Fade to Black

( 24 )


Three perspectives — one truth

The victim: After his windshield was shattered with a baseball bat, HIV-positive Alex Crusan ducked under the steering wheel. But he knows what he saw. Now he must decide what he wants to tell.

The witness: Daria Bickell never lies. So if she told the police she saw Clinton Cole do it, she must have. But did she really?

The suspect: Clinton ...

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Three perspectives — one truth

The victim: After his windshield was shattered with a baseball bat, HIV-positive Alex Crusan ducked under the steering wheel. But he knows what he saw. Now he must decide what he wants to tell.

The witness: Daria Bickell never lies. So if she told the police she saw Clinton Cole do it, she must have. But did she really?

The suspect: Clinton was seen in the vicinity of the crime that morning. And sure, he has problems with Alex. But he'd never do something like this. Would he?

An HIV-positive high school student hospitalized after being attacked, the bigot accused of the crime, and the only witness, a classmate with Down Syndrome, reveal how the assult has changed their lives as they tell of its aftermath.

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Editorial Reviews

Flinn, author of Breathing Underwater (2001) and Nothing to Lose (2004), takes aim at bullying once again. This time HIV-positive Alejandro Crusan, a Florida high-school junior, is the target. After being attacked in his car by a baseball bat-wielding teenager, Alex is hospitalized while recovering from his injuries. Clinton Cole, prejudiced and afraid of catching AIDS, hates Alex and is responsible for tormenting him on several previous occasions. This time he claims he’s innocent. However, Daria, a teen with Down syndrome, saw Clinton at the scene of the attack; she also witnessed one of the earlier assaults. The teens alternate telling their stories and sharing their secrets, as Alex struggles with the truth about the attack and about the origin of his HIV-positive status. Daria’s narration unfolds in free verse, a form that effectively shows both her halting, repetitive speech and the disparity between her inner thoughts and her ability to communicate them. Teens will enjoy ferreting out the reality from the conflicting narratives and arguing about the sensitive issues raised along the way.
Elizabeth Ward
"Fans of legal dramas might check out Alex Flinn's intriguing Fade To Black (HarperTempest, $16.99; ages 12-up). Flinn, a former attorney, is also interested in point of view -- or rather the challenges presented when multiple points of view collide. In this tautly constructed novel, an HIV-positive high school student sees his life 'fading to black.' Then an unknown assailant attacks him in his car, and he suddenly finds himself sifting shades of gray. As the victim, the suspect and the lone witness take turns with the narrative, 'truth' and 'guilt' grow increasingly elusive."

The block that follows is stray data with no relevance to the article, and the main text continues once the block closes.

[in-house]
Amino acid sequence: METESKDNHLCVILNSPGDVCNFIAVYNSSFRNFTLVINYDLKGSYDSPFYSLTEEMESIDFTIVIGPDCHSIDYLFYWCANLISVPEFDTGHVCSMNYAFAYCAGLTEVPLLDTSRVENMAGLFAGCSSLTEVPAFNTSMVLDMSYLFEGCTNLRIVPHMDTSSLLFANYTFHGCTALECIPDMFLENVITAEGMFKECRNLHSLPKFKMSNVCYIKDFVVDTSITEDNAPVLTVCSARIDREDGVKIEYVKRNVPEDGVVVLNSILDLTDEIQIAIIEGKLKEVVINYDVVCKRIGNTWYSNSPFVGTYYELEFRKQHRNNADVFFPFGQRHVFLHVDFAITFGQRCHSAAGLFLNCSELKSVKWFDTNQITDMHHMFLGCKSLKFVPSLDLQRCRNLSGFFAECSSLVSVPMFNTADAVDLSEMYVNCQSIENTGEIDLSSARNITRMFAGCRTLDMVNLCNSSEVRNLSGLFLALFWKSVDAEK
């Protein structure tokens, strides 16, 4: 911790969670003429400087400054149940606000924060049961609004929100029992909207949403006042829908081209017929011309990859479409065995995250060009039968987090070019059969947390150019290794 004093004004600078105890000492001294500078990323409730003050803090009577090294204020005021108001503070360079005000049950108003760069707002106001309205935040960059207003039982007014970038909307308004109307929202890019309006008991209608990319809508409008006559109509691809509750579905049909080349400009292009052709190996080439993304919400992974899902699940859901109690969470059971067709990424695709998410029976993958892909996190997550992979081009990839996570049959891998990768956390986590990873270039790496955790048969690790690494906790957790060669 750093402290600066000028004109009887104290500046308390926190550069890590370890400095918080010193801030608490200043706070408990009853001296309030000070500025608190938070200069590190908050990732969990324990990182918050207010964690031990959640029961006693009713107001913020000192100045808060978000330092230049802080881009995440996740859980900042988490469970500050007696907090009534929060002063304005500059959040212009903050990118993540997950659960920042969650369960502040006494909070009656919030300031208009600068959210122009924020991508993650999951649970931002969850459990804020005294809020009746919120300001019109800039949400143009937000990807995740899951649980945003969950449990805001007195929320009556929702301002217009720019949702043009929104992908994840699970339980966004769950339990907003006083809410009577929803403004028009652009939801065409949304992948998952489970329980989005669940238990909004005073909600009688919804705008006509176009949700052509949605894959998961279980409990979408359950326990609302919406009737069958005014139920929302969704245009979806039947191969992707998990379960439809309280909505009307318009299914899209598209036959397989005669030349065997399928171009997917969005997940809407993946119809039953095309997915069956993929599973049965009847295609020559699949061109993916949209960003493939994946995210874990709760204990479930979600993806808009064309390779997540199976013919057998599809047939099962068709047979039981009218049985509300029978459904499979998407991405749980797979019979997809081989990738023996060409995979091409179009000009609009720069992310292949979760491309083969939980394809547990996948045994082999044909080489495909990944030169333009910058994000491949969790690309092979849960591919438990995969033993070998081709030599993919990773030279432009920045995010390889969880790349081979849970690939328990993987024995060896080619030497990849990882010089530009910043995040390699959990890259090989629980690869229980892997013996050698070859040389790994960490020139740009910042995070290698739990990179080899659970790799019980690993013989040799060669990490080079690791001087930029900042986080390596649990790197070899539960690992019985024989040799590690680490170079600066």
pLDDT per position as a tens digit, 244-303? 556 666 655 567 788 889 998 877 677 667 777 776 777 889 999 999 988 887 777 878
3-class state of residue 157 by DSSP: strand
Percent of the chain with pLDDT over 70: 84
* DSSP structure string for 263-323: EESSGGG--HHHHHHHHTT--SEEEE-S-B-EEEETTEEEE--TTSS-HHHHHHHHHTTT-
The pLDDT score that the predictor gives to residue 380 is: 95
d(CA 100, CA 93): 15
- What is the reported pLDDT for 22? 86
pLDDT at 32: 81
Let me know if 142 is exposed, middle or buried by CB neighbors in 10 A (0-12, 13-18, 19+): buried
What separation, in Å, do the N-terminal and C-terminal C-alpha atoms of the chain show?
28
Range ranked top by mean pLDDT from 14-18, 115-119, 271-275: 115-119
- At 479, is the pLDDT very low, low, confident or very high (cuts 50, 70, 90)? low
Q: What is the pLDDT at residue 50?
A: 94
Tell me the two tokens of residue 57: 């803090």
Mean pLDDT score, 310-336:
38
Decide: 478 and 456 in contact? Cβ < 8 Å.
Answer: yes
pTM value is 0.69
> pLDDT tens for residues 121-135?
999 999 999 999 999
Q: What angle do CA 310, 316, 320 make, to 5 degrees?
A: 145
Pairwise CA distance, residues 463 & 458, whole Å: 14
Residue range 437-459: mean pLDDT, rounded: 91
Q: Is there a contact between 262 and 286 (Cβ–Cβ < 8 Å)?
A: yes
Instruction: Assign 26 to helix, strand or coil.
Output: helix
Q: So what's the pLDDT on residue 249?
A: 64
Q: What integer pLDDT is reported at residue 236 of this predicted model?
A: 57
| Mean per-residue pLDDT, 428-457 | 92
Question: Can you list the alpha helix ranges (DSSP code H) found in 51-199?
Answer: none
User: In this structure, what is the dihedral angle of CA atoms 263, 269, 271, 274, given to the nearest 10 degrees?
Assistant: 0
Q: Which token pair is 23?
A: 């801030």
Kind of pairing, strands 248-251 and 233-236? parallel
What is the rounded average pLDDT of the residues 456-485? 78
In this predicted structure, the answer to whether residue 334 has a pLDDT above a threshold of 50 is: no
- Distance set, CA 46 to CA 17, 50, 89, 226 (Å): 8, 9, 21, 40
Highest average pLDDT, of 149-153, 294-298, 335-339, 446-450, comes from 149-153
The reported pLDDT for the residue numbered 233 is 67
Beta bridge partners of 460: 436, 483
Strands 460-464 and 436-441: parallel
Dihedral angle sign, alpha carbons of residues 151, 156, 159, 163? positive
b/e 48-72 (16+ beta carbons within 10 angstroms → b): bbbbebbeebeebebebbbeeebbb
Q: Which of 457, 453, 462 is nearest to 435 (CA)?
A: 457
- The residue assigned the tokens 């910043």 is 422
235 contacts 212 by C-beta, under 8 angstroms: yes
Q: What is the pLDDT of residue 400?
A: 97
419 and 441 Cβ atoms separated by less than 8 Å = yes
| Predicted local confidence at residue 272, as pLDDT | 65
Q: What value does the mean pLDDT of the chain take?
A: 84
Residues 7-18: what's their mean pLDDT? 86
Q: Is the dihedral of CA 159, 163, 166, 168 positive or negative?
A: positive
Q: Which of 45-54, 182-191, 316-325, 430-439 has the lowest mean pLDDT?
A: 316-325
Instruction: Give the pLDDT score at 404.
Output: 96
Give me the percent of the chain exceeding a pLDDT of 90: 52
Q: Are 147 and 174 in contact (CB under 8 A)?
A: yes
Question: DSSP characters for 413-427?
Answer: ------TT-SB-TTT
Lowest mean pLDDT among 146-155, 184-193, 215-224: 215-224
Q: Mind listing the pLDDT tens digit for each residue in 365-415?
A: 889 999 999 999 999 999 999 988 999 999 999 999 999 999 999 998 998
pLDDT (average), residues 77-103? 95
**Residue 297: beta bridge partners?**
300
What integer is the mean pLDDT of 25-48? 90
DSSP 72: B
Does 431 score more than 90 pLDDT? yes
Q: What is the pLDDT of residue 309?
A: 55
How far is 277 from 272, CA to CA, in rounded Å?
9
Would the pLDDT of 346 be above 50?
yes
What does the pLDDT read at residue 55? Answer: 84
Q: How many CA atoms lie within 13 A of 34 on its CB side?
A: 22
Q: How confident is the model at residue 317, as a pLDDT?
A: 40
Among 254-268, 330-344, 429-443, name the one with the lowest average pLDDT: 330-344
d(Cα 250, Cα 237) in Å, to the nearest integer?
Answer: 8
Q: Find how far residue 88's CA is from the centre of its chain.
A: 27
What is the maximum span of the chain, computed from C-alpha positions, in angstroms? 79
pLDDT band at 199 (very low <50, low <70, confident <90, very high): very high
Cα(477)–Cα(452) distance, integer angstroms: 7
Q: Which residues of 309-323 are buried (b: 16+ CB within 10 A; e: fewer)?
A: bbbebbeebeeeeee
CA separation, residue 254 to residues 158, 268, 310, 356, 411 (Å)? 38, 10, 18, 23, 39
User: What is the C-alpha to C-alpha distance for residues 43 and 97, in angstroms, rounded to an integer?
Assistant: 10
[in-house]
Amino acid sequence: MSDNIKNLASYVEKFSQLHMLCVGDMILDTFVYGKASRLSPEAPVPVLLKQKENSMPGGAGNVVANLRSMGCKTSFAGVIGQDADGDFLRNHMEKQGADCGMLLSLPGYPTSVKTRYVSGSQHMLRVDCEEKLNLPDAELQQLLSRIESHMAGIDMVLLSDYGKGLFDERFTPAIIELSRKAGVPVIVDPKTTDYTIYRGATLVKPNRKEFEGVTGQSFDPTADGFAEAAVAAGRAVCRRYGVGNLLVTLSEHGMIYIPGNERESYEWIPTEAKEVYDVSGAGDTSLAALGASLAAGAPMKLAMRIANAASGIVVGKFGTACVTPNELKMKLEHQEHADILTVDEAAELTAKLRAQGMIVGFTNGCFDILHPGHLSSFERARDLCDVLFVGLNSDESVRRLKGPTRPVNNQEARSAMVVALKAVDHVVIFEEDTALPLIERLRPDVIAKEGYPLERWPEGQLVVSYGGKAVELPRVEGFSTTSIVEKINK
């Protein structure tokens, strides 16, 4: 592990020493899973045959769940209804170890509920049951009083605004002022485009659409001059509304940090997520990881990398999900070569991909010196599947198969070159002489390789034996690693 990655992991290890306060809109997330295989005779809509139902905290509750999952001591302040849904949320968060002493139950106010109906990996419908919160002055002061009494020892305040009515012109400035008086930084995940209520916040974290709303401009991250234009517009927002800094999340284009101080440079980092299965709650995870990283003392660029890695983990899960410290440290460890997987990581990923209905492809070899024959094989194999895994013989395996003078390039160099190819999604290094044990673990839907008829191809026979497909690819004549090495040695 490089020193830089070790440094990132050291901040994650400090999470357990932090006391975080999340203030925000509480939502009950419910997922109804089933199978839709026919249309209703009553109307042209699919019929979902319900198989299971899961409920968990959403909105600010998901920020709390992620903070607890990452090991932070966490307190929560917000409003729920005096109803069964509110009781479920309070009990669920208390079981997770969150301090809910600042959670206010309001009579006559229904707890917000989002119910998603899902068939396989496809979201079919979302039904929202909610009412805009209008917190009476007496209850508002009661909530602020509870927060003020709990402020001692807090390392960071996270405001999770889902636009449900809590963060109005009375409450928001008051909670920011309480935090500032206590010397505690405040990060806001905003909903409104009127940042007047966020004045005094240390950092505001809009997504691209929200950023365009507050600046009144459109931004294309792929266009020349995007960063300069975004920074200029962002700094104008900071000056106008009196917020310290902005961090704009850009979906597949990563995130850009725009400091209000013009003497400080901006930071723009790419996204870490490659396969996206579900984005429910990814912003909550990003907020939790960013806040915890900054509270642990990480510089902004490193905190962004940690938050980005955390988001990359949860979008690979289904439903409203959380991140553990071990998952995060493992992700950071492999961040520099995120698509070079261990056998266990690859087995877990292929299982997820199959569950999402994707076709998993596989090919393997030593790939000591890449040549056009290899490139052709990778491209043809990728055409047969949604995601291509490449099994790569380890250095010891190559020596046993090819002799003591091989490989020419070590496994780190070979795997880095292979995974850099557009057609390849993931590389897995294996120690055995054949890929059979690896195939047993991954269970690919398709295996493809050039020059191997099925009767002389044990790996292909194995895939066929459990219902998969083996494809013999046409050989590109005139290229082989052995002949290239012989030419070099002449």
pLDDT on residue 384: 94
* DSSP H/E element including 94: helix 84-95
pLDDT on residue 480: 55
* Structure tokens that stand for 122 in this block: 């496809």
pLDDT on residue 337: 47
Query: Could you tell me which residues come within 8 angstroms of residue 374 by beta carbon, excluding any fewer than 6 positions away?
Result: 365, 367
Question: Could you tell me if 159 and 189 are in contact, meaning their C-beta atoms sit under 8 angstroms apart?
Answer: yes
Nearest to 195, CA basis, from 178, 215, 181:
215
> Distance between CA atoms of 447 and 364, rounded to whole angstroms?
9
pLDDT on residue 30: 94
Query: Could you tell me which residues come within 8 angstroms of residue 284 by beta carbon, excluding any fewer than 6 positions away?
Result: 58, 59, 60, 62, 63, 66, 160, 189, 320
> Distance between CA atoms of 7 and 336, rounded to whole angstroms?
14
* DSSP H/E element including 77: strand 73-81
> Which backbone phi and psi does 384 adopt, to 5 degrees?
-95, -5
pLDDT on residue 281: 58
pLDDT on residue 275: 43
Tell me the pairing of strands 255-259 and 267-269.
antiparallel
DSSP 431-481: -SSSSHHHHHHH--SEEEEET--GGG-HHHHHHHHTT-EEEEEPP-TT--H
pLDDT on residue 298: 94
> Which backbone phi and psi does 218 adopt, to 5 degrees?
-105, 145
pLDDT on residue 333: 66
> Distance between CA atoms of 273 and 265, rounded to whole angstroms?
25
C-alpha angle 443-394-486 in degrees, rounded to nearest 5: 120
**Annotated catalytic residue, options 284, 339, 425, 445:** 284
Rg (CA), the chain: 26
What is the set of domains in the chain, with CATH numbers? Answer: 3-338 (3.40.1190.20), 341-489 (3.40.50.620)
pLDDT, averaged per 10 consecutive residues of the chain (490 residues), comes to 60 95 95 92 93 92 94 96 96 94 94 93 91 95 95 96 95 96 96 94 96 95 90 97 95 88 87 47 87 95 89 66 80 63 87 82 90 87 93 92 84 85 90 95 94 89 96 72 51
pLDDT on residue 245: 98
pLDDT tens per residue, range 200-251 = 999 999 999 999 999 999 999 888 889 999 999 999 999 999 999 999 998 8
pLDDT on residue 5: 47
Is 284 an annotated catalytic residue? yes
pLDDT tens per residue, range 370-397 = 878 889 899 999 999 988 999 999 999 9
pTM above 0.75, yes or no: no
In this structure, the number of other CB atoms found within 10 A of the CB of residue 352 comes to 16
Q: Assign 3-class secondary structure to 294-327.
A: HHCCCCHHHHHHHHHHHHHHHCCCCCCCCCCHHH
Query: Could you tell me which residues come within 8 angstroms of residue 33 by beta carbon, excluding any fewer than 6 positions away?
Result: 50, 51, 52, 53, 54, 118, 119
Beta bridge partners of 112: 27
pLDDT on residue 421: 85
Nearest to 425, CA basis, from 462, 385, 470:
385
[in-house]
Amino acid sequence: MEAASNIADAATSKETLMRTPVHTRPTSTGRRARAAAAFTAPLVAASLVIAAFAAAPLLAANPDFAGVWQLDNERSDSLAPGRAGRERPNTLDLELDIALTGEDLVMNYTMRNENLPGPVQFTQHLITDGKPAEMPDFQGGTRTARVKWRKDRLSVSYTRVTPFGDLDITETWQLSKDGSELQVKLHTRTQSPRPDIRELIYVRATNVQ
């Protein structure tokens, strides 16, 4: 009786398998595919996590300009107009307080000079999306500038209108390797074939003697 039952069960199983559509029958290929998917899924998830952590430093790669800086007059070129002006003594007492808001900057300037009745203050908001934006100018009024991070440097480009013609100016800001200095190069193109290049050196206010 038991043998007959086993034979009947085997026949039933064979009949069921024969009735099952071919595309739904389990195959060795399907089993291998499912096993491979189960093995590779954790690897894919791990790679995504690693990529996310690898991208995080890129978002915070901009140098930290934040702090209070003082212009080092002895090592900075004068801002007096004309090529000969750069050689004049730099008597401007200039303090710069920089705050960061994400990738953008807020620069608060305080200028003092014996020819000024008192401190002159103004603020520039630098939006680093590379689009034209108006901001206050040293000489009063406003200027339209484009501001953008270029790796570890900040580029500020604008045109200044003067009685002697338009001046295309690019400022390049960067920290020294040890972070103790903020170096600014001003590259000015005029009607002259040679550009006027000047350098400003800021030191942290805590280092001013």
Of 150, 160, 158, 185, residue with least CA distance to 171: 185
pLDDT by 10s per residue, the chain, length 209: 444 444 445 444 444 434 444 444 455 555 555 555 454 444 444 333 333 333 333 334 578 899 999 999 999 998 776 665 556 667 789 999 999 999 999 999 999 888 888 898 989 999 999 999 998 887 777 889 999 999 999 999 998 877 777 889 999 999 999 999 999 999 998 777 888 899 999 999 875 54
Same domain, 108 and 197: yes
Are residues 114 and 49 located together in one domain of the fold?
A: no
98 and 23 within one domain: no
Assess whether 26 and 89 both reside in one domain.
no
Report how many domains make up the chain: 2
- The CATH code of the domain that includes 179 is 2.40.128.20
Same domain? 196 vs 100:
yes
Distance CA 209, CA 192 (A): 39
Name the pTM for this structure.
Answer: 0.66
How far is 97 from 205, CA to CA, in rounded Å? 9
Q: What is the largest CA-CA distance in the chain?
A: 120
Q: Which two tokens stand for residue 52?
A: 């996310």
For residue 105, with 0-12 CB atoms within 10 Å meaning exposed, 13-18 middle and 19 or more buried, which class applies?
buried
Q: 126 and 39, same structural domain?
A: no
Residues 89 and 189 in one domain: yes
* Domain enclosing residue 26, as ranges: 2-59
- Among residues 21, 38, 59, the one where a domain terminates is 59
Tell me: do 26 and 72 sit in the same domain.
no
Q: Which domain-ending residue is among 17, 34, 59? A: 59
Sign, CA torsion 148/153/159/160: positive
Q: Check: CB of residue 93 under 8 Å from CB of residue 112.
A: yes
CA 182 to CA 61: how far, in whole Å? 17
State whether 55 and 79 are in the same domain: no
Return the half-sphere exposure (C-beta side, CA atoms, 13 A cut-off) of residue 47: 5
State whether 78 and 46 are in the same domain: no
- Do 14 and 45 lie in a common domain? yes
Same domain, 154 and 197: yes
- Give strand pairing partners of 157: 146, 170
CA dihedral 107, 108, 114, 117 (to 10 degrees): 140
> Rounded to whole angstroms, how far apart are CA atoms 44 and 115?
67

Washington Post
To quote from the review of the hardcover in KLIATT, May 2005: The facts are clear: Alex Crusan, an HIV-positive Cuban-American high school student who recently moved to small-town Pinedale, FL, was attacked in his car by someone with a baseball bat. He is now in the hospital with multiple injuries. Daria Bicknell, a special education (Down syndrome) student, was a witness to the attack. But who was the assailant? Daria thinks it was fellow student Clinton Cole. Clinton was seen in the area that morning, and he's been vocal about his feelings about someone who might spread "the black plague": his little sister and Alex's are best friends, and Clinton wants Alex out of their lives. We get the story in alternating chapters from the three teenagers' points of view. Alex tells of his struggle to deal with his HIV-positive status and to cope with his overprotective mother, and his fear of having no future. He forms a friendship with a candy striper at the hospital, and gradually decides to come clean about how he contracted HIV?—?it was from a brief relationship with a college girl, and not from a transfusion, as his family had told everyone. In blank verse, Daria tells about what she saw, and how it gets her much-desired attention from the other girls. And Clinton tells about his anger and what he really did: he is guilty, but not of this crime. In the end, telling the truth is difficult but liberating for all three young people. Flinn, a former attorney and author of the notable YA novels Breathing Underwater, Nothing to Lose, and Breaking Point, tells a convincing and wrenching tale of teens dealing with thorny issues. The three viewpoints effectively help the readerconsider the plights and concerns of each character. A worthy and thought-provoking novel, with an eye-catching cover. KLIATT Codes: JS—Recommended for junior and senior high school students. 2005, HarperTempest, 184p., Ages 12 to 18.